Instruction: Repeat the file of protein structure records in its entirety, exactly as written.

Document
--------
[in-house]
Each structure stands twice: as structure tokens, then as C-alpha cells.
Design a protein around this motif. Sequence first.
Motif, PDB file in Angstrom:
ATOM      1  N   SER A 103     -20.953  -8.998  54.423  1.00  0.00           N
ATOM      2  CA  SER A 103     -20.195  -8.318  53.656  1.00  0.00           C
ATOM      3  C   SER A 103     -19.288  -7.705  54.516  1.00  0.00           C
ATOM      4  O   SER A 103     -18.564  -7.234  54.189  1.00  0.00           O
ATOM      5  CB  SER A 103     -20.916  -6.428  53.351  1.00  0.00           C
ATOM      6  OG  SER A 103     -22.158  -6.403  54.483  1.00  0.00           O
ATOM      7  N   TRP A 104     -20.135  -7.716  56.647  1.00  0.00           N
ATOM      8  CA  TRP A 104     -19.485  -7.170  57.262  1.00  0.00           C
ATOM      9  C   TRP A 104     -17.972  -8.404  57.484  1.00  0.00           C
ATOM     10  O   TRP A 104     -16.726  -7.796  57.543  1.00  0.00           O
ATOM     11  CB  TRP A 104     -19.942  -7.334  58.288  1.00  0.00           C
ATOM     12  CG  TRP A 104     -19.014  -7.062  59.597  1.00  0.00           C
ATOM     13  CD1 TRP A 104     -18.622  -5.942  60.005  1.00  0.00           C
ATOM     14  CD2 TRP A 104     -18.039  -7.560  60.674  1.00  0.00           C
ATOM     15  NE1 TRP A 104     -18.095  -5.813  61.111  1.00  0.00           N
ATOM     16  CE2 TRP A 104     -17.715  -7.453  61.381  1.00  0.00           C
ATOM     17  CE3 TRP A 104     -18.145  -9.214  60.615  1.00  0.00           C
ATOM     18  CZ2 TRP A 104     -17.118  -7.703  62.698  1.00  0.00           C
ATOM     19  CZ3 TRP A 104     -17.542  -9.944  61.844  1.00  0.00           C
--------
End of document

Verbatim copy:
[in-house]
Each structure stands twice: as structure tokens, then as C-alpha cells.
Design a protein around this motif. Sequence first.
Motif, PDB file in Angstrom:
ATOM      1  N   SER A 103     -20.953  -8.998  54.423  1.00  0.00           N
ATOM      2  CA  SER A 103     -20.195  -8.318  53.656  1.00  0.00           C
ATOM      3  C   SER A 103     -19.288  -7.705  54.516  1.00  0.00           C
ATOM      4  O   SER A 103     -18.564  -7.234  54.189  1.00  0.00           O
ATOM      5  CB  SER A 103     -20.916  -6.428  53.351  1.00  0.00           C
ATOM      6  OG  SER A 103     -22.158  -6.403  54.483  1.00  0.00           O
ATOM      7  N   TRP A 104     -20.135  -7.716  56.647  1.00  0.00           N
ATOM      8  CA  TRP A 104     -19.485  -7.170  57.262  1.00  0.00           C
ATOM      9  C   TRP A 104     -17.972  -8.404  57.484  1.00  0.00           C
ATOM     10  O   TRP A 104     -16.726  -7.796  57.543  1.00  0.00           O
ATOM     11  CB  TRP A 104     -19.942  -7.334  58.288  1.00  0.00           C
ATOM     12  CG  TRP A 104     -19.014  -7.062  59.597  1.00  0.00           C
ATOM     13  CD1 TRP A 104     -18.622  -5.942  60.005  1.00  0.00           C
ATOM     14  CD2 TRP A 104     -18.039  -7.560  60.674  1.00  0.00           C
ATOM     15  NE1 TRP A 104     -18.095  -5.813  61.111  1.00  0.00           N
ATOM     16  CE2 TRP A 104     -17.715  -7.453  61.381  1.00  0.00           C
ATOM     17  CE3 TRP A 104     -18.145  -9.214  60.615  1.00  0.00           C
ATOM     18  CZ2 TRP A 104     -17.118  -7.703  62.698  1.00  0.00           C
ATOM     19  CZ3 TRP A 104     -17.542  -9.944  61.844  1.00  0.00           C